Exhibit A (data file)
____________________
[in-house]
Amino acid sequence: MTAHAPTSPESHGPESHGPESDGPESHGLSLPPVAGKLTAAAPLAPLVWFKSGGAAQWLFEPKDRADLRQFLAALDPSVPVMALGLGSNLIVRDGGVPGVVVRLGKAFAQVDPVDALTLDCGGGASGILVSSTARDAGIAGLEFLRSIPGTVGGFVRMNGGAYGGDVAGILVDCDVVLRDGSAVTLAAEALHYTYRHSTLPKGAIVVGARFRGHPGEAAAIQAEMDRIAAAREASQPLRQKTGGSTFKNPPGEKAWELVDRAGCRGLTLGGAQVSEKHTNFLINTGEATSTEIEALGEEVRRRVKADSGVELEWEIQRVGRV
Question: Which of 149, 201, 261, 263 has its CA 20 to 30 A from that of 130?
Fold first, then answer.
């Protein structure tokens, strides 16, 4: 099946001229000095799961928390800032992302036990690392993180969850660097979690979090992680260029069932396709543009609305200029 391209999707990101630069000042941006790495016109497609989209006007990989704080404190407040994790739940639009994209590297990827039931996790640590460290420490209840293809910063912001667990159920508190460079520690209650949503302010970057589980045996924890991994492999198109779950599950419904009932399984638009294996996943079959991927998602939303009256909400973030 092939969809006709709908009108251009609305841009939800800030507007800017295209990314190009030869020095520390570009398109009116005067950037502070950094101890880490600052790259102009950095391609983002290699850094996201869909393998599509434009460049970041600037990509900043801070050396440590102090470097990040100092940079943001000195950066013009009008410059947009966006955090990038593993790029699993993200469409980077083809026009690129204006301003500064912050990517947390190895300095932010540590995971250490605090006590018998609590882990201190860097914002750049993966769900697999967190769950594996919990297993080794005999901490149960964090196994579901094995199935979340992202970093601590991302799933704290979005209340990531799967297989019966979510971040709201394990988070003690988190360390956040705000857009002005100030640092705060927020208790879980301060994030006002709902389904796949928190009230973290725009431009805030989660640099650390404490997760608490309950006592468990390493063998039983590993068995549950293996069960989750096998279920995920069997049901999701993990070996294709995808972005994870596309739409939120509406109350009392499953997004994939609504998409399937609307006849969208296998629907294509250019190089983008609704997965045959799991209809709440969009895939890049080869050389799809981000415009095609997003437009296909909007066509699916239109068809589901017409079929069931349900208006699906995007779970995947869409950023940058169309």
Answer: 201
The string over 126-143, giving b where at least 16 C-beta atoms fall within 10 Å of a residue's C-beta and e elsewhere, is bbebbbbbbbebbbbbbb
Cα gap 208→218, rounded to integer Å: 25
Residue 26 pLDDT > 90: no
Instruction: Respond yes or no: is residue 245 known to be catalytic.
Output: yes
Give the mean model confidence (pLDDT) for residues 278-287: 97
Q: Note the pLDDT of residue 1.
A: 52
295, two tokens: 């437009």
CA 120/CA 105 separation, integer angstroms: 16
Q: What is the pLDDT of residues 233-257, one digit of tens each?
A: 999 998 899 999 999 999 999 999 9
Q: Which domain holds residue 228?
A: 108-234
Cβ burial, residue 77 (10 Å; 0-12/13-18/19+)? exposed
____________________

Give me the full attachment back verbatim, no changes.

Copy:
[in-house]
Amino acid sequence: MTAHAPTSPESHGPESHGPESDGPESHGLSLPPVAGKLTAAAPLAPLVWFKSGGAAQWLFEPKDRADLRQFLAALDPSVPVMALGLGSNLIVRDGGVPGVVVRLGKAFAQVDPVDALTLDCGGGASGILVSSTARDAGIAGLEFLRSIPGTVGGFVRMNGGAYGGDVAGILVDCDVVLRDGSAVTLAAEALHYTYRHSTLPKGAIVVGARFRGHPGEAAAIQAEMDRIAAAREASQPLRQKTGGSTFKNPPGEKAWELVDRAGCRGLTLGGAQVSEKHTNFLINTGEATSTEIEALGEEVRRRVKADSGVELEWEIQRVGRV
Question: Which of 149, 201, 261, 263 has its CA 20 to 30 A from that of 130?
Fold first, then answer.
């Protein structure tokens, strides 16, 4: 099946001229000095799961928390800032992302036990690392993180969850660097979690979090992680260029069932396709543009609305200029 391209999707990101630069000042941006790495016109497609989209006007990989704080404190407040994790739940639009994209590297990827039931996790640590460290420490209840293809910063912001667990159920508190460079520690209650949503302010970057589980045996924890991994492999198109779950599950419904009932399984638009294996996943079959991927998602939303009256909400973030 092939969809006709709908009108251009609305841009939800800030507007800017295209990314190009030869020095520390570009398109009116005067950037502070950094101890880490600052790259102009950095391609983002290699850094996201869909393998599509434009460049970041600037990509900043801070050396440590102090470097990040100092940079943001000195950066013009009008410059947009966006955090990038593993790029699993993200469409980077083809026009690129204006301003500064912050990517947390190895300095932010540590995971250490605090006590018998609590882990201190860097914002750049993966769900697999967190769950594996919990297993080794005999901490149960964090196994579901094995199935979340992202970093601590991302799933704290979005209340990531799967297989019966979510971040709201394990988070003690988190360390956040705000857009002005100030640092705060927020208790879980301060994030006002709902389904796949928190009230973290725009431009805030989660640099650390404490997760608490309950006592468990390493063998039983590993068995549950293996069960989750096998279920995920069997049901999701993990070996294709995808972005994870596309739409939120509406109350009392499953997004994939609504998409399937609307006849969208296998629907294509250019190089983008609704997965045959799991209809709440969009895939890049080869050389799809981000415009095609997003437009296909909007066509699916239109068809589901017409079929069931349900208006699906995007779970995947869409950023940058169309």
Answer: 201
The string over 126-143, giving b where at least 16 C-beta atoms fall within 10 Å of a residue's C-beta and e elsewhere, is bbebbbbbbbebbbbbbb
Cα gap 208→218, rounded to integer Å: 25
Residue 26 pLDDT > 90: no
Instruction: Respond yes or no: is residue 245 known to be catalytic.
Output: yes
Give the mean model confidence (pLDDT) for residues 278-287: 97
Q: Note the pLDDT of residue 1.
A: 52
295, two tokens: 């437009």
CA 120/CA 105 separation, integer angstroms: 16
Q: What is the pLDDT of residues 233-257, one digit of tens each?
A: 999 998 899 999 999 999 999 999 9
Q: Which domain holds residue 228?
A: 108-234
Cβ burial, residue 77 (10 Å; 0-12/13-18/19+)? exposed